12. ^ a b Freitas-Astúa, Juliana. "Orchid Viruses". American Orchid Society. Retrieved 17 October 2012.
  13. ^ Kubo, K. S.; Freitas-Astúa, J.; Machado, M. A.; Kitajima, E. W. (8 May 2009). "Orchid fleck symptoms may be caused naturally by two different viruses transmitted by Brevipalpus". Journal of General Plant Pathology. 75 (3): 250–255. doi:10.1007/s10327-009-0167-z.
  14. ^ Allen, C (2010). "Virus Transmission in Orchids through the Feeding Damage of Australian Cockroach, Periplaneta australasiae". Acta Horticulturae. 878: 375–379.
  15. ^ Inouye, N (2008). Viruses of orchids : symptoms, diagnosis, spread and control. Netherlands: Blue Bird Publishers. p. 176. ISBN 9789079598038.
  16. ^ Hui, Zhao; Doi, Hiroyasu; Kanouchi, Hiroaki; Matsuura, Yuichi; Mohri, Shiro; Nonomura, Yoshiaki; Oka, Tatsuzo (1 August 2004). "Alkaline serine protease produced by Streptomyces sp. degrades PrPSc". Biochemical and Biophysical Research Communications. 321 (1): 45–50. doi:10.1016/j.bbrc.2004.06.100. PMID 15358213.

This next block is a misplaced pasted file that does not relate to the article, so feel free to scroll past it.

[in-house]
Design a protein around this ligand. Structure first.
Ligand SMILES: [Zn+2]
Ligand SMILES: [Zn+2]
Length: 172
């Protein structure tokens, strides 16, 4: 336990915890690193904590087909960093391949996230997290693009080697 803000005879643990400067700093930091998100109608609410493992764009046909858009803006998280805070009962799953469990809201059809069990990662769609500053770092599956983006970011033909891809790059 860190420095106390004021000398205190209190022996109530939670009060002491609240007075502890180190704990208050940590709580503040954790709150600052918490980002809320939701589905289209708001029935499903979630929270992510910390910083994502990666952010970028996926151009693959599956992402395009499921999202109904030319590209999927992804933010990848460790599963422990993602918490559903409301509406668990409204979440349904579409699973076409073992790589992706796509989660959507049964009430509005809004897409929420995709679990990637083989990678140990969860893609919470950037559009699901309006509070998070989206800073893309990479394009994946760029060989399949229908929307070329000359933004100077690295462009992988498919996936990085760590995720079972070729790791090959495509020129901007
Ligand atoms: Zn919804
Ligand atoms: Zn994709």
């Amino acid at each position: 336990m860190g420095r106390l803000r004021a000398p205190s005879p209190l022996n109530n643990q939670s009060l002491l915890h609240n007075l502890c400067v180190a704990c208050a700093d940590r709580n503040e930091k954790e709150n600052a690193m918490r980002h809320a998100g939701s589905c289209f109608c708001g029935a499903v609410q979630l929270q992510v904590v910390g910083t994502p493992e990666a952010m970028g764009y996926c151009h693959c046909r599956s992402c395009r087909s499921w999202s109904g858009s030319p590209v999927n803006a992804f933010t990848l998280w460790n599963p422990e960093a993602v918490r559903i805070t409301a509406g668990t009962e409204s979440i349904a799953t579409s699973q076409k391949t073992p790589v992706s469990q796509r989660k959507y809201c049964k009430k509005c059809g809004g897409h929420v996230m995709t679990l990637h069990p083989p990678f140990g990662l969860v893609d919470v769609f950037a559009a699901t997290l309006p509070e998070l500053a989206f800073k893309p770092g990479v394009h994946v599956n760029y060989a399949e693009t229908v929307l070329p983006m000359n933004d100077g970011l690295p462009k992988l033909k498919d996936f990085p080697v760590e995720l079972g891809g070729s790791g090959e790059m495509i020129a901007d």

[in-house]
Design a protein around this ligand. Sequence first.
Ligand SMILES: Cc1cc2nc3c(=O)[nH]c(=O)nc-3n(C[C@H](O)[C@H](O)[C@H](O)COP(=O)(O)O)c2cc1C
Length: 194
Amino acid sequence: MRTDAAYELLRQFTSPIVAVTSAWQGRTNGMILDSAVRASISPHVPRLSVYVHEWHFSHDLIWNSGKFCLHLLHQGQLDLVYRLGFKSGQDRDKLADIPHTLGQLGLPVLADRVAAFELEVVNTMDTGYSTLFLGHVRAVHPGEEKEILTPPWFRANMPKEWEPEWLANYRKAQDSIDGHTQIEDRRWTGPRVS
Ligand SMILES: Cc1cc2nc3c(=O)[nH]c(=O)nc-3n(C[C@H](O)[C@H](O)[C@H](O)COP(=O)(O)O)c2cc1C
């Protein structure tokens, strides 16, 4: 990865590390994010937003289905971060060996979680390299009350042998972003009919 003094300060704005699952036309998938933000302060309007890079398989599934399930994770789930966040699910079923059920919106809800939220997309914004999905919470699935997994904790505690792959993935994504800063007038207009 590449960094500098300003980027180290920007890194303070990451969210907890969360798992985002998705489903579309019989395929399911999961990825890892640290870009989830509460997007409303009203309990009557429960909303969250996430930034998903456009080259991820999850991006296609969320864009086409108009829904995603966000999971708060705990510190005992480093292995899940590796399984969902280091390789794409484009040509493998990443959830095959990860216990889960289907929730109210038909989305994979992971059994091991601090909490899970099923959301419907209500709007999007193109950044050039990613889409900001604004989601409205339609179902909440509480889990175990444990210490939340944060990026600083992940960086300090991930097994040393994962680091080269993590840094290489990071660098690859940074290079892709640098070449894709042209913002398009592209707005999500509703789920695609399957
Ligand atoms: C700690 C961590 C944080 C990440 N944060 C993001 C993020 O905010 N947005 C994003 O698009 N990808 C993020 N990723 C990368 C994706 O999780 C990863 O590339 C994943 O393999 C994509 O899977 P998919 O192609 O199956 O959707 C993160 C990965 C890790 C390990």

17. ^ Chang, C; H Chen; C Chiu (2010). "Disinfection of Odontoglossum Ringspot Virus and Cymbidium Mosaic Virus from Tools Used During Orchid Cultivation". Acta Horticulturae (878): 381–388. doi:10.17660/actahortic.2010.878.48.
  18. ^ Obsuwan, K; A.R Kuehnle; R.G Mudalige-Jayawickrama; D.A Hieber (2009). "A Dysfunctional CymMV Movement Protein Gene Confers Resistance to CymMV in Dendrobium Orchid". Acta Horticulturae (836): 149–154. doi:10.17660/actahortic.2009.836.21.